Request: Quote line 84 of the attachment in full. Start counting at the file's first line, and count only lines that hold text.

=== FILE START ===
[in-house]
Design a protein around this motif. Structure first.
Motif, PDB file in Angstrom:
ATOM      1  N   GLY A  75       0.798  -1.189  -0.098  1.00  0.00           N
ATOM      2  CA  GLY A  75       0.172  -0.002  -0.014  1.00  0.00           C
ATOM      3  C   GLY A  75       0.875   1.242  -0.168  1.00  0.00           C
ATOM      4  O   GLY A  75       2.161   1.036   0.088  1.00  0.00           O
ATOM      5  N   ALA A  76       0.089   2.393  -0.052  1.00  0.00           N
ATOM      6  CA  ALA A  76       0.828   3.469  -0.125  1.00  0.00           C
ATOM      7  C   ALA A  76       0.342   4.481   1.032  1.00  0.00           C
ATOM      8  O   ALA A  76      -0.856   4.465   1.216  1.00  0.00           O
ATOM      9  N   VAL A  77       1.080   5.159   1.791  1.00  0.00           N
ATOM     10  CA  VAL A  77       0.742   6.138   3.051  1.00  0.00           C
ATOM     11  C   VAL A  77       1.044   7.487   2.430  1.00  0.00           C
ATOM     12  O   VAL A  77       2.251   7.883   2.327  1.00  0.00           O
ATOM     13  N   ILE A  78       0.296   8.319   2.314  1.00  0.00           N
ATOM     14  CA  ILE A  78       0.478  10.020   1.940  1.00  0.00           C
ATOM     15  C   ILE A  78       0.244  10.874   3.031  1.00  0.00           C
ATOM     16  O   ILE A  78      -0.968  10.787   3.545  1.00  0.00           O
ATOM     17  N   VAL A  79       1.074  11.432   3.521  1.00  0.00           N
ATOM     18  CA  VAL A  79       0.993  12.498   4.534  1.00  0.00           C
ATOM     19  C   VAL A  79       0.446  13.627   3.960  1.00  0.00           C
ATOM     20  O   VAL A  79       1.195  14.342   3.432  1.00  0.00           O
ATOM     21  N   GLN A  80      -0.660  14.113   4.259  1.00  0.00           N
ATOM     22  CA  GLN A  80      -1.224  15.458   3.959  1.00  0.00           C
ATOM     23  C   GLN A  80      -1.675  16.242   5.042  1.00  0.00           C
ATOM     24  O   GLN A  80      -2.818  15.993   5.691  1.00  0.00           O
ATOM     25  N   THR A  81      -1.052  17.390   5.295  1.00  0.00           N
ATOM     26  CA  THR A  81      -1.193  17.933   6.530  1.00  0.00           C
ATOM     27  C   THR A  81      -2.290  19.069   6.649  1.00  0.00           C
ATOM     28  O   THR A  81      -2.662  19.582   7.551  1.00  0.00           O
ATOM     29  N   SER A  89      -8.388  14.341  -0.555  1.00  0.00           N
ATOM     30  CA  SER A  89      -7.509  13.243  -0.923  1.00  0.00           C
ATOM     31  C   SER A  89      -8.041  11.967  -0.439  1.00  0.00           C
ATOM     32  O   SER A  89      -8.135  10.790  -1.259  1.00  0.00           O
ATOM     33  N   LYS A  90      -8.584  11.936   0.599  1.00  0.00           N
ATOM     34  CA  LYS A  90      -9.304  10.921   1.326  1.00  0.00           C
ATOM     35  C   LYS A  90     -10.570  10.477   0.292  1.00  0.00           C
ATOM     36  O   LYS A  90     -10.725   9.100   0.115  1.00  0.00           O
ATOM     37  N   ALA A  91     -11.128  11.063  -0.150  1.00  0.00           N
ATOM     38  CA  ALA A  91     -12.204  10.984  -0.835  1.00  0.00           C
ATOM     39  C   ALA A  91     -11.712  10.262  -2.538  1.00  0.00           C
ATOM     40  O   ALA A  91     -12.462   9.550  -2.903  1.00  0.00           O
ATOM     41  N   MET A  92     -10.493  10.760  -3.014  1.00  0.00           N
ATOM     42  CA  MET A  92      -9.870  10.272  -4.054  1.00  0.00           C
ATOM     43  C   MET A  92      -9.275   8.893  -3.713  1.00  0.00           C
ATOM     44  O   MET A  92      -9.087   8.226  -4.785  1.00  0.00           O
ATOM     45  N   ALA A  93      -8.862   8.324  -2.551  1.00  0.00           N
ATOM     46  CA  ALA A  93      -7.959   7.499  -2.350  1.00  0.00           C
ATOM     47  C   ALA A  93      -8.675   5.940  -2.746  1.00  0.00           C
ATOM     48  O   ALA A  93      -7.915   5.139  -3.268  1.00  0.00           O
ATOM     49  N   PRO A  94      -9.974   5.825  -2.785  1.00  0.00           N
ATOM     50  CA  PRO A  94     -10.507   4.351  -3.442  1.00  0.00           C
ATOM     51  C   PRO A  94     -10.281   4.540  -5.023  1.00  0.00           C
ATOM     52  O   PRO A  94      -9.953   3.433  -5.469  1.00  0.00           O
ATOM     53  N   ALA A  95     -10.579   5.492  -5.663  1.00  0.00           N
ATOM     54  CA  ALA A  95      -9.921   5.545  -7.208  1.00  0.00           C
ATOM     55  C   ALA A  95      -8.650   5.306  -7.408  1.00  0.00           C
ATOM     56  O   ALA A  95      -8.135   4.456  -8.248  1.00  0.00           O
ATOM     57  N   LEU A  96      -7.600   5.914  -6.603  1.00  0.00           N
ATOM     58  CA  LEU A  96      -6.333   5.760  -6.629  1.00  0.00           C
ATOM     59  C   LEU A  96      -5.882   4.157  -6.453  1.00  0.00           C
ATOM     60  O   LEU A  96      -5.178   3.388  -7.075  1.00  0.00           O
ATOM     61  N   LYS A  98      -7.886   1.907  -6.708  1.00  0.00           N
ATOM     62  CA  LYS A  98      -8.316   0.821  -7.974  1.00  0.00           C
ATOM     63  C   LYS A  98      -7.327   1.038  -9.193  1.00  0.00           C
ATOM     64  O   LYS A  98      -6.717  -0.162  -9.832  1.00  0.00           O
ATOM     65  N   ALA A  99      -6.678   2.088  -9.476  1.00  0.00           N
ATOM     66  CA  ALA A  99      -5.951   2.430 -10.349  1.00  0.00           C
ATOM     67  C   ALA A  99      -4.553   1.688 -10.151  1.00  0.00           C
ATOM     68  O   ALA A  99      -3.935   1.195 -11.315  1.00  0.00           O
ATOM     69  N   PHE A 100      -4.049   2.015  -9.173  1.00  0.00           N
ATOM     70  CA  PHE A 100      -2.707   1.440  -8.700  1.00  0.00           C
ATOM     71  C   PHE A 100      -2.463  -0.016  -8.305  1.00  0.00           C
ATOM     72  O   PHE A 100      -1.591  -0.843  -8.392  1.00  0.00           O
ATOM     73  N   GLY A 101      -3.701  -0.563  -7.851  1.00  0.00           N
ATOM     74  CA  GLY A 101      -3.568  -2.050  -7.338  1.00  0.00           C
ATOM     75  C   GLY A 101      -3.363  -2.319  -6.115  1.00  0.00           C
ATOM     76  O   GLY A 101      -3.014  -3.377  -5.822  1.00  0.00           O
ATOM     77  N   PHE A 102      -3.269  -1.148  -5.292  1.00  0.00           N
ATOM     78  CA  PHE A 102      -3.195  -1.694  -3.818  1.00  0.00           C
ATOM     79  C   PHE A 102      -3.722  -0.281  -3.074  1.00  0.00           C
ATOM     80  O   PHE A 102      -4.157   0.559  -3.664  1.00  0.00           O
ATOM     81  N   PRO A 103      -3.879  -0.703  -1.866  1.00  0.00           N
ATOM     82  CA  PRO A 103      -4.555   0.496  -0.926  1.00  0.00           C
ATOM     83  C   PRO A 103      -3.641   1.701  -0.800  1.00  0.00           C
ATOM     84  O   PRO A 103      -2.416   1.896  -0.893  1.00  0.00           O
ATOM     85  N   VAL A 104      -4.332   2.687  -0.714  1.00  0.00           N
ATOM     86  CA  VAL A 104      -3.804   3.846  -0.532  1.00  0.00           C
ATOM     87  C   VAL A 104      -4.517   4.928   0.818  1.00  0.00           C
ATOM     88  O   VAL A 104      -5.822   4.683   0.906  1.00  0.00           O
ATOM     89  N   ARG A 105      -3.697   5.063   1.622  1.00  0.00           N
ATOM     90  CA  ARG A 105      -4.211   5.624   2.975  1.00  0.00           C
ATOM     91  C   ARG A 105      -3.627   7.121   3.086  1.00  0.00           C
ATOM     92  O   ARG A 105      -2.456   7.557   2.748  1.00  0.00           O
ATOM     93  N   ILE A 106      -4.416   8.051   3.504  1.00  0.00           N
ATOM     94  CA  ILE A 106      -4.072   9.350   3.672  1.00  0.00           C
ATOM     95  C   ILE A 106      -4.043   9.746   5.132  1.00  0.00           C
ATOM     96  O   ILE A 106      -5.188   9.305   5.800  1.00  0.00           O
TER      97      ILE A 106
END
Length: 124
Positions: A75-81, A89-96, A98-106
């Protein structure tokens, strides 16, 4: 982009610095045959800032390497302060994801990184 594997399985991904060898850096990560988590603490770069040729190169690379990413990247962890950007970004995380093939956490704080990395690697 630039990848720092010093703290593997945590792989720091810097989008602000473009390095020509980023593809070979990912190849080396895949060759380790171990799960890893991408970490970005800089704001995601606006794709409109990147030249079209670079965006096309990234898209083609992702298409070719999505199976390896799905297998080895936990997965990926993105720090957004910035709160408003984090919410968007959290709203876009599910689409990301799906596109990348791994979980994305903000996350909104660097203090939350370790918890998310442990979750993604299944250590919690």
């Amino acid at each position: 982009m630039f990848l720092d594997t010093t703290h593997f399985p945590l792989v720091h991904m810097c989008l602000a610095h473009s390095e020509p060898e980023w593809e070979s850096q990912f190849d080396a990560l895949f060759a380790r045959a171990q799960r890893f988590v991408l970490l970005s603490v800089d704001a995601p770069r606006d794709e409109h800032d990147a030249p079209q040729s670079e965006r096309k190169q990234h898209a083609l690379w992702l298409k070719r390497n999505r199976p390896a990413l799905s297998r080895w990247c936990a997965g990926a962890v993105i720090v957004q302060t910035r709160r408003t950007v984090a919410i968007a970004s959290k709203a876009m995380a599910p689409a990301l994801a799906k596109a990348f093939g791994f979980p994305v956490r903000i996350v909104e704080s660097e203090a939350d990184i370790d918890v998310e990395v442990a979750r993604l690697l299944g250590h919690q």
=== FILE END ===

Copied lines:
ATOM     81  N   PRO A 103      -3.879  -0.703  -1.866  1.00  0.00           N